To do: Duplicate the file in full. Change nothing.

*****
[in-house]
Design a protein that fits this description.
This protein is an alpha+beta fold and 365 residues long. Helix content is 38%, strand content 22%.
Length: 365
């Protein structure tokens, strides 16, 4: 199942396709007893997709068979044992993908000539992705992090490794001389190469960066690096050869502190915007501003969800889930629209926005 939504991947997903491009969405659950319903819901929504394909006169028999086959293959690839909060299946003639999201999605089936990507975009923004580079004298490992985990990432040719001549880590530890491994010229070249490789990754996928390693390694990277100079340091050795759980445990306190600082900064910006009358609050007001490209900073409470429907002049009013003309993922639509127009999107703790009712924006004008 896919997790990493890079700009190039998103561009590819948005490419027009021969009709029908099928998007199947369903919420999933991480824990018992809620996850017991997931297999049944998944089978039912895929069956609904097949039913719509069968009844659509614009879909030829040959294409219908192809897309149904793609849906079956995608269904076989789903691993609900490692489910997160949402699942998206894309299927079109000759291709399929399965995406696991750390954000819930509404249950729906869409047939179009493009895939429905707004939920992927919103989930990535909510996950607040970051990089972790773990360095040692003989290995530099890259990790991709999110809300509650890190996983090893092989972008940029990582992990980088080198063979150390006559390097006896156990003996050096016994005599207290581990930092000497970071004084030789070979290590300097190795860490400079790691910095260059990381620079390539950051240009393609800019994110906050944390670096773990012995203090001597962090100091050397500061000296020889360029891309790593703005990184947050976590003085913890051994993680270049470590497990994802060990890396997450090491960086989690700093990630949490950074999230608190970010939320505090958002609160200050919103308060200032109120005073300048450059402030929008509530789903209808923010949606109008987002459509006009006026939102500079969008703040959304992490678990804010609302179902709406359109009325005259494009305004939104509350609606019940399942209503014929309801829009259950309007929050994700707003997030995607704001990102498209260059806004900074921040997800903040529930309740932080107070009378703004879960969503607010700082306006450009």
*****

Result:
[in-house]
Design a protein that fits this description.
This protein is an alpha+beta fold and 365 residues long. Helix content is 38%, strand content 22%.
Length: 365
């Protein structure tokens, strides 16, 4: 199942396709007893997709068979044992993908000539992705992090490794001389190469960066690096050869502190915007501003969800889930629209926005 939504991947997903491009969405659950319903819901929504394909006169028999086959293959690839909060299946003639999201999605089936990507975009923004580079004298490992985990990432040719001549880590530890491994010229070249490789990754996928390693390694990277100079340091050795759980445990306190600082900064910006009358609050007001490209900073409470429907002049009013003309993922639509127009999107703790009712924006004008 896919997790990493890079700009190039998103561009590819948005490419027009021969009709029908099928998007199947369903919420999933991480824990018992809620996850017991997931297999049944998944089978039912895929069956609904097949039913719509069968009844659509614009879909030829040959294409219908192809897309149904793609849906079956995608269904076989789903691993609900490692489910997160949402699942998206894309299927079109000759291709399929399965995406696991750390954000819930509404249950729906869409047939179009493009895939429905707004939920992927919103989930990535909510996950607040970051990089972790773990360095040692003989290995530099890259990790991709999110809300509650890190996983090893092989972008940029990582992990980088080198063979150390006559390097006896156990003996050096016994005599207290581990930092000497970071004084030789070979290590300097190795860490400079790691910095260059990381620079390539950051240009393609800019994110906050944390670096773990012995203090001597962090100091050397500061000296020889360029891309790593703005990184947050976590003085913890051994993680270049470590497990994802060990890396997450090491960086989690700093990630949490950074999230608190970010939320505090958002609160200050919103308060200032109120005073300048450059402030929008509530789903209808923010949606109008987002459509006009006026939102500079969008703040959304992490678990804010609302179902709406359109009325005259494009305004939104509350609606019940399942209503014929309801829009259950309007929050994700707003997030995607704001990102498209260059806004900074921040997800903040529930309740932080107070009378703004879960969503607010700082306006450009």